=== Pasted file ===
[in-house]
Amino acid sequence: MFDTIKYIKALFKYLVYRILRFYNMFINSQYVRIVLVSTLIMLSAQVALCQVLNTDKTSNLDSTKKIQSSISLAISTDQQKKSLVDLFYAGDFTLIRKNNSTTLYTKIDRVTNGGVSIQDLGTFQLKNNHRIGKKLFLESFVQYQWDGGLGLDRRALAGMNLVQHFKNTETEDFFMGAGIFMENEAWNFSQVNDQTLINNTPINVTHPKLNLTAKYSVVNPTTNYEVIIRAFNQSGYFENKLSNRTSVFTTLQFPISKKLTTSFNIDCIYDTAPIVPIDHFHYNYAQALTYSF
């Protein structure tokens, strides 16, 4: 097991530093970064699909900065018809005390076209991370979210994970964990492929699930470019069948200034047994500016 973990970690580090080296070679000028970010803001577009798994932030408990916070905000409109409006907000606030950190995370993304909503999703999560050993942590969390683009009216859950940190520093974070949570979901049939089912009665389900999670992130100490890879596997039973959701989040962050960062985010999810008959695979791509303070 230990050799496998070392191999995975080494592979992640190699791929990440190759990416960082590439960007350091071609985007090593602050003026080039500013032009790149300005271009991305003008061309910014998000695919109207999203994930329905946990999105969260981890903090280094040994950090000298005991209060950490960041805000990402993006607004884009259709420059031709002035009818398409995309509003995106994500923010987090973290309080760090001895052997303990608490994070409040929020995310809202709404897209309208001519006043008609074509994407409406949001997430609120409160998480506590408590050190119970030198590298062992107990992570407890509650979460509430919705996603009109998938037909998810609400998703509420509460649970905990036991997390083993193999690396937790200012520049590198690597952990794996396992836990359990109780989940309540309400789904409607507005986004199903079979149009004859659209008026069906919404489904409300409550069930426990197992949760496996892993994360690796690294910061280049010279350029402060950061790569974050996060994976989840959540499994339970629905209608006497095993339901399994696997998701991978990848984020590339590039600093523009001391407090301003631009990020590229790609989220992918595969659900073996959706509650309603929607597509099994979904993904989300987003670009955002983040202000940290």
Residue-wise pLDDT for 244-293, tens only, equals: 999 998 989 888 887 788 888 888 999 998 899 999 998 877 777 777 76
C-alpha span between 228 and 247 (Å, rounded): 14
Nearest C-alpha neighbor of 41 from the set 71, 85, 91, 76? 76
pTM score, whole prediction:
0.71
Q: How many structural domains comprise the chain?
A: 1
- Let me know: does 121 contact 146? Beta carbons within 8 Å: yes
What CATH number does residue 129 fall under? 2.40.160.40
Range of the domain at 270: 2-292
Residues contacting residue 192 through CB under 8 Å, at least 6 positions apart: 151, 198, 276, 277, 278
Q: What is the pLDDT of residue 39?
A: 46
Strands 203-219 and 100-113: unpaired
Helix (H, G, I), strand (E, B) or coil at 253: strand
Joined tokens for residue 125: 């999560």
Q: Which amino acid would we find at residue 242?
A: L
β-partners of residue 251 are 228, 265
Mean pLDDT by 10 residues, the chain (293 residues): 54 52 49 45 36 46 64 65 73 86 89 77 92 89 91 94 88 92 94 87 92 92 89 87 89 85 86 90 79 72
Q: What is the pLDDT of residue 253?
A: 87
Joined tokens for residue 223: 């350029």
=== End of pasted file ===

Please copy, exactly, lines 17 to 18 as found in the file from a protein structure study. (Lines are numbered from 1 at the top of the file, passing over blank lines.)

Strands 203-219 and 100-113: unpaired
Helix (H, G, I), strand (E, B) or coil at 253: strand